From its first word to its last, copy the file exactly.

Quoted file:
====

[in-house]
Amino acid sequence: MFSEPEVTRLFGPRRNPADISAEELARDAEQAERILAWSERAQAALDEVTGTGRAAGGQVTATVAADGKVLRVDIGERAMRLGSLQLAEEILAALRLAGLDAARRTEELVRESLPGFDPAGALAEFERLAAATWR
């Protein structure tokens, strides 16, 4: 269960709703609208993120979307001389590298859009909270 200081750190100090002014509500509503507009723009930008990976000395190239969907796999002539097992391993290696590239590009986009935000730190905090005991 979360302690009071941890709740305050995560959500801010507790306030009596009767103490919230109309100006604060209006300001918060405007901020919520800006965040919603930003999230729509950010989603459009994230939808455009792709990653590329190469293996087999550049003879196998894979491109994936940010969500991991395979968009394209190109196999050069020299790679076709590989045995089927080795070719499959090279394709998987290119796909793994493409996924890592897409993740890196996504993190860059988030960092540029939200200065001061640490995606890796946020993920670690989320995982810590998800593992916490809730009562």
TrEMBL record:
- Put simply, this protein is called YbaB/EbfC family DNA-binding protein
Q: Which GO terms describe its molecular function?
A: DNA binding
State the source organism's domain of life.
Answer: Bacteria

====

[in-house]
Amino acid sequence: MFSEPEVTRLFGPRRNPADISAEELARDAEQAERILAWSERAQAALDEVTGTGRAAGGQVTATVAADGKVLRVDIGERAMRLGSLQLAEEILAALRLAGLDAARRTEELVRESLPGFDPAGALAEFERLAAATWR
């Protein structure tokens, strides 16, 4: 269960709703609208993120979307001389590298859009909270 200081750190100090002014509500509503507009723009930008990976000395190239969907796999002539097992391993290696590239590009986009935000730190905090005991 979360302690009071941890709740305050995560959500801010507790306030009596009767103490919230109309100006604060209006300001918060405007901020919520800006965040919603930003999230729509950010989603459009994230939808455009792709990653590329190469293996087999550049003879196998894979491109994936940010969500991991395979968009394209190109196999050069020299790679076709590989045995089927080795070719499959090279394709998987290119796909793994493409996924890592897409993740890196996504993190860059988030960092540029939200200065001061640490995606890796946020993920670690989320995982810590998800593992916490809730009562």
TrEMBL record:
- Put simply, this protein is called YbaB/EbfC family DNA-binding protein
Q: Which GO terms describe its molecular function?
A: DNA binding
State the source organism's domain of life.
Answer: Bacteria